We backtracked past the burnt out, shot-up convoy, past our entry
point and found a perfectly good stone bridge spanning the river.
The highway turned sharply left over the bridge and then sharp
right to again follow the river. Right there on the far side
was a another little village, just a few houses apparently deserted
and fortunately for us, no convoy in sight. Over the bridge,
we left the road, turned left and drove the river bank back to
where we had come from, except across the river. There we found
a nice wide trail thru the trees and leading up to the hilltop
village occupied by the paratroopers and where we were to pick
up the artillery observer. The observer, a captain, was waiting
for us, and this is where I got much more personally involved.
I got left behind.
The captain was alone and apparently anticipating a long stay,
judging by the size of his backpack and bedroll. He immediately
commandeered MY seat in MY peep. With hindsight, I afterwards
realized, I was the logical one to leave behind, but at the time
I sort of remember my reaction was -- "Holy---, not me!
The plan was this: The observer would be transported back to
Trois Ponts to set up his observation post. I would remain behind
till some time after dark and then would guide a wire team down
to the river bank. At a pre-arranged time we were to be visually
contacted by a group from our task force on the banks of the
river, except they would be on the other side about fifty yards
away. Major Stallings was to be one of them. Supposedly, before
his army career, he was a budding pro baseball player, a pitcher
and his job on this night was to throw a stone attached to a
light line across me river a la George Washington and the Potomac.
Our job was to retrieve the line, attach the telephone wire and
play it out as it was pulled across the river and on to the observer's
telephone. That was the plan. It didnt work out quite like that!
Can you imagine the sinking feeling of loneliness that engulfed
me as I stood there in that little town on the hill and watched
my squad ride away without me, back home to Trois Ponts, which
at that moment was the only home I knew, temporary as it might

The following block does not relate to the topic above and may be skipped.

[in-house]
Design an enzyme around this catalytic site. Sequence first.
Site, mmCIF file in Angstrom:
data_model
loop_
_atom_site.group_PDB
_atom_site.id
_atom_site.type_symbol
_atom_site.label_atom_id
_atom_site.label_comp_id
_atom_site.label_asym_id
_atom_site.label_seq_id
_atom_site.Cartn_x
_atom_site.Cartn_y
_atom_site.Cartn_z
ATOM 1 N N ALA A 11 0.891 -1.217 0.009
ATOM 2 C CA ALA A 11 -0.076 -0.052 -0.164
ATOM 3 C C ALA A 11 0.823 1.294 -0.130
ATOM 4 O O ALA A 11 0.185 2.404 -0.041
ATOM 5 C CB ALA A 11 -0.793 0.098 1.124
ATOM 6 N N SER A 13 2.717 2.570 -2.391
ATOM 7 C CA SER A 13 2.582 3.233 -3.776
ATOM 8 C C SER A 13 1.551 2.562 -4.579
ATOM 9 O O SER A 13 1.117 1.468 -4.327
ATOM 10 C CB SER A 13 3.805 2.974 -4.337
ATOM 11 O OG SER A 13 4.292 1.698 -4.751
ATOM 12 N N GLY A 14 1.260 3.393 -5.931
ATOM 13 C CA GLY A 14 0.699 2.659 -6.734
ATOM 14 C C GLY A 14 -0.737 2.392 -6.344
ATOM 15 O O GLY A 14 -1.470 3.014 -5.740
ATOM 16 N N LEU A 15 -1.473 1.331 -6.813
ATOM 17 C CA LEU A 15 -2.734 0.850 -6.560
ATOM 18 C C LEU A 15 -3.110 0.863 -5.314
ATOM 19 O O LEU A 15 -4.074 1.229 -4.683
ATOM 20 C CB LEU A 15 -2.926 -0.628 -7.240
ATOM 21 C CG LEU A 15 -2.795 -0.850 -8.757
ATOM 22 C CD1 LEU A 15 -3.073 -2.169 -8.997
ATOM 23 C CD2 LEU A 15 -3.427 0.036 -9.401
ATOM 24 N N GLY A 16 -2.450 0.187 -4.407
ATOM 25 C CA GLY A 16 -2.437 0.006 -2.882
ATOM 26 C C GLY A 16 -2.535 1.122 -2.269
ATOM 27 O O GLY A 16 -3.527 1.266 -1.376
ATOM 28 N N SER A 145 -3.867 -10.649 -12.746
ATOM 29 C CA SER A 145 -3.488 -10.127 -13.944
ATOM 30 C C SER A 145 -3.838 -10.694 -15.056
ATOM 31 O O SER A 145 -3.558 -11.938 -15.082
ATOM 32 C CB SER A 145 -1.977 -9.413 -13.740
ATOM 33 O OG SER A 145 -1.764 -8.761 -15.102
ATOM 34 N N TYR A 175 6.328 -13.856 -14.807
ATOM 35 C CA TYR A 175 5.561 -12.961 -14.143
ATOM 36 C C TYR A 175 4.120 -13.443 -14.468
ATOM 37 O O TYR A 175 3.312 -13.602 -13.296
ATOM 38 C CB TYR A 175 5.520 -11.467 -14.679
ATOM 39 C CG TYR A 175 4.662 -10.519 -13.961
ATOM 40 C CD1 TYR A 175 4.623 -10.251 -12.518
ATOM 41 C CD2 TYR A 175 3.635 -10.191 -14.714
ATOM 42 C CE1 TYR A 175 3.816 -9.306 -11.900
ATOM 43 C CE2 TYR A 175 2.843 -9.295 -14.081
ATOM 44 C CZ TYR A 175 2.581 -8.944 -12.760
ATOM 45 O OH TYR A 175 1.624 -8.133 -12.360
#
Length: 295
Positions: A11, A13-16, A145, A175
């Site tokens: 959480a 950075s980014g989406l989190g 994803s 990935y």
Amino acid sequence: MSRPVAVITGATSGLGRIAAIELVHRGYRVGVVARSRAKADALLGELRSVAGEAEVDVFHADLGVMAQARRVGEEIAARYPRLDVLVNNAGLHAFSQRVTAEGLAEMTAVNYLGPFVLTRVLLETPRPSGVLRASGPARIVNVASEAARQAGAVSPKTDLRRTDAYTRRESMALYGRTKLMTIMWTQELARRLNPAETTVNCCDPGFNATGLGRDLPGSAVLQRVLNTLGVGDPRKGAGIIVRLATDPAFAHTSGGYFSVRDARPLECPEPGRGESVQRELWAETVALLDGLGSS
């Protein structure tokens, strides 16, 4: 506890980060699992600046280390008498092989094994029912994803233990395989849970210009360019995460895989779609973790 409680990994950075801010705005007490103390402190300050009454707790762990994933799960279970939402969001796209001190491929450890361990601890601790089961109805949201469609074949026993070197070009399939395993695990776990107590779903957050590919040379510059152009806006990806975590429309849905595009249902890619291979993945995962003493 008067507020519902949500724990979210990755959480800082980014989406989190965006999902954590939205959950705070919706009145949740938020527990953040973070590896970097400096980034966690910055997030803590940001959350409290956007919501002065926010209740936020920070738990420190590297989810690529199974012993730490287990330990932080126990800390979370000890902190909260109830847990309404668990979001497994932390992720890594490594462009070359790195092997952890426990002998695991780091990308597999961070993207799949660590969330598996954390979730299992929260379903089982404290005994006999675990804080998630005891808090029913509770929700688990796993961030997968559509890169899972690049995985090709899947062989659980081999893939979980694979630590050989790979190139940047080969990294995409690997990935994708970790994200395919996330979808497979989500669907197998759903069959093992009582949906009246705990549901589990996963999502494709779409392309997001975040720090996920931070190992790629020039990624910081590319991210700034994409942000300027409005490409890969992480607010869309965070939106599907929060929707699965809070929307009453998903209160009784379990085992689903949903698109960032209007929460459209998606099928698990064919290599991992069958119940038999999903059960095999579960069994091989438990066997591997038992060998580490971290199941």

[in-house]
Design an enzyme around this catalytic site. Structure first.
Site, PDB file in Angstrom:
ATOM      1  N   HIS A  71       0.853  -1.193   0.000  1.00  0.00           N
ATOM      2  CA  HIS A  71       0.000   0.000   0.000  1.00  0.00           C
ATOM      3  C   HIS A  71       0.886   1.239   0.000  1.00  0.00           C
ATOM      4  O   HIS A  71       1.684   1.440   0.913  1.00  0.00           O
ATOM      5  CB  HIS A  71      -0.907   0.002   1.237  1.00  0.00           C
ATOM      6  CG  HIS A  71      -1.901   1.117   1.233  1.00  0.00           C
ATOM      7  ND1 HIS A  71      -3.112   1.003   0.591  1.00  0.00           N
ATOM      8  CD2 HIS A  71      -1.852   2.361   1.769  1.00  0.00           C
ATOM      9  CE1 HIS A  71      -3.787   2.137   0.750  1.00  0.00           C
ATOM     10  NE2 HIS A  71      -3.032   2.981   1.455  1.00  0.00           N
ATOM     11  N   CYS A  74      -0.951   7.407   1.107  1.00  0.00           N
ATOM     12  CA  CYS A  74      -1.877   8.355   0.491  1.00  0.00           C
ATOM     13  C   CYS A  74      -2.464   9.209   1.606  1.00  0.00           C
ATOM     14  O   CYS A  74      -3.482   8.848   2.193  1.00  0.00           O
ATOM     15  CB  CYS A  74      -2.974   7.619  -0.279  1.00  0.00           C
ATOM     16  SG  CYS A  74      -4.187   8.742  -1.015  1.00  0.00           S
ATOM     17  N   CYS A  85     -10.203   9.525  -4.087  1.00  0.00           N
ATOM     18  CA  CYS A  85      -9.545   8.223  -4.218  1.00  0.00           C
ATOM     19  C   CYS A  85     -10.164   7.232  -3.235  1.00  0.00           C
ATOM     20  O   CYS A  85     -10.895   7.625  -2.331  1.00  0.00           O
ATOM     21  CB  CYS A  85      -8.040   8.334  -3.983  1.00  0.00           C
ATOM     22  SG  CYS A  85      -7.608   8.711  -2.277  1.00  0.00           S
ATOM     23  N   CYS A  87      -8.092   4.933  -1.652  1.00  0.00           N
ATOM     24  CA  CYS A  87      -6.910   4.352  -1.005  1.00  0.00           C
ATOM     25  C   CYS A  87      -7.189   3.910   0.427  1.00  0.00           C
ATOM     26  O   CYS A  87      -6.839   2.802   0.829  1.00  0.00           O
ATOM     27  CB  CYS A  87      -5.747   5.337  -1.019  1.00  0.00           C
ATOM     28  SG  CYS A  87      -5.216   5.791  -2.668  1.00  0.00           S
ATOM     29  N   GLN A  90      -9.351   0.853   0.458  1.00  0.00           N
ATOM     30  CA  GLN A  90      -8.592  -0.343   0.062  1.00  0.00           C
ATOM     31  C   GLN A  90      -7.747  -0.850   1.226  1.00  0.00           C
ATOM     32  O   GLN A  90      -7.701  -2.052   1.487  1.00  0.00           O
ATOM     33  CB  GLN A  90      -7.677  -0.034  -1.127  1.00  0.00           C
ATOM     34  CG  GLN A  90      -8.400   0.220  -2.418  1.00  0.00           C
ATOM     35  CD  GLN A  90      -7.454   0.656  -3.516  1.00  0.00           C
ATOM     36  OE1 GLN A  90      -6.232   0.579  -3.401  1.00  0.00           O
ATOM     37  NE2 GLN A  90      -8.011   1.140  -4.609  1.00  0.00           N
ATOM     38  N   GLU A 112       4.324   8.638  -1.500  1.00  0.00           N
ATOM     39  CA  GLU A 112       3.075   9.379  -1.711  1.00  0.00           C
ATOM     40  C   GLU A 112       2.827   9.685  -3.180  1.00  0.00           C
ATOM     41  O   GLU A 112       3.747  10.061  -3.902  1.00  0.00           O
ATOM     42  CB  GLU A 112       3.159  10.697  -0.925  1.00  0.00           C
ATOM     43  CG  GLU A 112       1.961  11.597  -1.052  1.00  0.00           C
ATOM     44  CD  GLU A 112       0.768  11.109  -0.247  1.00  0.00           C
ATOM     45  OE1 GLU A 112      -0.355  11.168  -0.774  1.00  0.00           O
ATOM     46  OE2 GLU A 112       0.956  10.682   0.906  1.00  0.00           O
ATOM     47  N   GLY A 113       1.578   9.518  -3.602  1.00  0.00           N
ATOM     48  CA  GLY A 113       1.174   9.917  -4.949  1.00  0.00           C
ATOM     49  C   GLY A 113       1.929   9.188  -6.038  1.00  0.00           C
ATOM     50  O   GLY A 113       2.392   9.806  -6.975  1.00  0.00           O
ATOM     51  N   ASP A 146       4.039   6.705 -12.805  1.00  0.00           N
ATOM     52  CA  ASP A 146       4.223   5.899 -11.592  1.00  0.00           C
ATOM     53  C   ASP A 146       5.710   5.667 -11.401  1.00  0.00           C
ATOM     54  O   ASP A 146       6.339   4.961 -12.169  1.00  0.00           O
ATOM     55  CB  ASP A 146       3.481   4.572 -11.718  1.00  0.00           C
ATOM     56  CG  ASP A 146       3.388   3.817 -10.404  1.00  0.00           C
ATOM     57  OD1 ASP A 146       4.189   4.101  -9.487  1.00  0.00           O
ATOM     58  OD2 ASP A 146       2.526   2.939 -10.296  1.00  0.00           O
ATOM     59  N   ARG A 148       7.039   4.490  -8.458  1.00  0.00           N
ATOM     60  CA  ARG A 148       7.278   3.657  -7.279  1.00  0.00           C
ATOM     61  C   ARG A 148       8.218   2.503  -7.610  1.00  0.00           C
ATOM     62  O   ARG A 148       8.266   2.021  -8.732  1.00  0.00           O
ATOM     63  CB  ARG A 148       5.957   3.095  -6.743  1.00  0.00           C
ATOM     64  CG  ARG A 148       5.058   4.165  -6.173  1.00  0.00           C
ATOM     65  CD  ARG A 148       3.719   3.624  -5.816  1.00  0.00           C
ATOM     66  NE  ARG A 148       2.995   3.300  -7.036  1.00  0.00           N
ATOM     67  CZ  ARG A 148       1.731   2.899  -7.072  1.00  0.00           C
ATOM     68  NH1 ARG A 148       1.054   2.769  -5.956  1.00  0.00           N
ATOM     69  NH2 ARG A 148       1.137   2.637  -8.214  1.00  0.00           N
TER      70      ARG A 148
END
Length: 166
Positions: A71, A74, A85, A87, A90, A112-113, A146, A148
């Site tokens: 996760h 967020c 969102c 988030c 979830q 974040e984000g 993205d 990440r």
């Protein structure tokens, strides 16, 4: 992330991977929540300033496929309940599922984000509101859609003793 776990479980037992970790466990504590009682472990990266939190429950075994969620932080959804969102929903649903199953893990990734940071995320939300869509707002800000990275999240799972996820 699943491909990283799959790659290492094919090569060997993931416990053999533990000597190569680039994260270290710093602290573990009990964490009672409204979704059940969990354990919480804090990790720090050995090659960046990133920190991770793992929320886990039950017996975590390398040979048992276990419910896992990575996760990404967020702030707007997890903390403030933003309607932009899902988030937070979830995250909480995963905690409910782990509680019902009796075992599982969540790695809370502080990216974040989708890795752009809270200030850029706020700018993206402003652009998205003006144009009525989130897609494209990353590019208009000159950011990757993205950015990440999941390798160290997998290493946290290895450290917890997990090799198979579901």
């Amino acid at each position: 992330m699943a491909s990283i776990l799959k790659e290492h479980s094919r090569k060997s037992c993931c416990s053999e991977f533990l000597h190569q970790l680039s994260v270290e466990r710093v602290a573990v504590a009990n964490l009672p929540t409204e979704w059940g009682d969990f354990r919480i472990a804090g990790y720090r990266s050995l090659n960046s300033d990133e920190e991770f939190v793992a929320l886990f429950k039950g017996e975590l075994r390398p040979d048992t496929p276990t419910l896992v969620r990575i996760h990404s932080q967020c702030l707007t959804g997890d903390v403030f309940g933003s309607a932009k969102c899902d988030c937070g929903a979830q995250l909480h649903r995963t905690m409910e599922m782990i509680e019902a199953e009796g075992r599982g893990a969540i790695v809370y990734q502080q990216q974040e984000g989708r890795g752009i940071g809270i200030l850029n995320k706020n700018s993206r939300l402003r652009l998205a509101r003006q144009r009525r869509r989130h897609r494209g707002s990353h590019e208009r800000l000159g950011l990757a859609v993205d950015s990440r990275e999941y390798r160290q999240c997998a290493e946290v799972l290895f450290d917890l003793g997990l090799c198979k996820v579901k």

be. Anyway, the paratroopers treated me well, fed me and allowed
me to nap indoors. No complaints, baby it was cold outside.
Sometime before our designated meeting hour I was awakened
with a nudge from a GI boot and brought outside to meet my two
companions for the night, two wire-men from the artillery company.
They had with them a good sized reel of telephone wire, its outer
end already tied in to the wire network connected back at the
artillery battery. Compliments of the Airborne kitchen, we got
acquainted over a cup of hot coffee before it was time to depart
for our rendezvous with Major Stallings.
Anyone who might have been watching would never have been
even minutely impressed with our little parade as we marched
down the path to the river .... me in front, leading the way,
armed to the hilt, my carbine slung over my shoulder and my .45,
un-holstered, cocked and at the ready, just in case. The two
wire-men, each carrying a .45 but holstered because they needed
both hands to shoulder the steel pipe upon which the reel of
telephone wire rotated, plying out the wire as we descended down
the path through the woods. It was dark in there, just barely
enough moonlight filtering thru the trees to guide us down. As
we emerged from the dark pathway and on to the river bank, we
were suddenly aware that this was a beautiful, clear, cold, bright,
moonlit night and visibility was excellent, so much so it made
us feel like a new actor must feel, spot-lighted, in fall view
of a vast, unseen audience; in our case, not friendly! So, there
we were, on the river bank at the appointed hour, right on plan
except .... no one showed up on the other bank!
We yelled, we screamed to get attention, all in vain. The
rushing river made far too much noise. We had to talk real loud
just to hear ourselves. We waited, probably ten minutes. It seemed
like an hour as we hunched down trying to be as un-noticeable
as possible in the bright moonlight Still, no one showed up on
the other bank. Enough's enough, we were ready to pack it in,
call it off, get out of there.
Then, unexpectedly, across the river a back door opened on
one of the houses and a sleepy GI stumbled out onto the deck,
slouched up to the railing, zipped open his fly and proceeded
to pee into the yard. We yelled, we screamed, we jumped up and
down frantically waving our arms. He never even once looked our
way. As he turned and started back toward his waiting, warm bedroll,
one of my new companions grabbed my carbine and cursing like
the true paratrooper he was, took aim at the retreating pee-er.
I was too numb to even think about stopping this angry, needless
killing, but I was wrong about him. It wasn't the GI he took
out, it was a window pane, and it took a couple rounds to do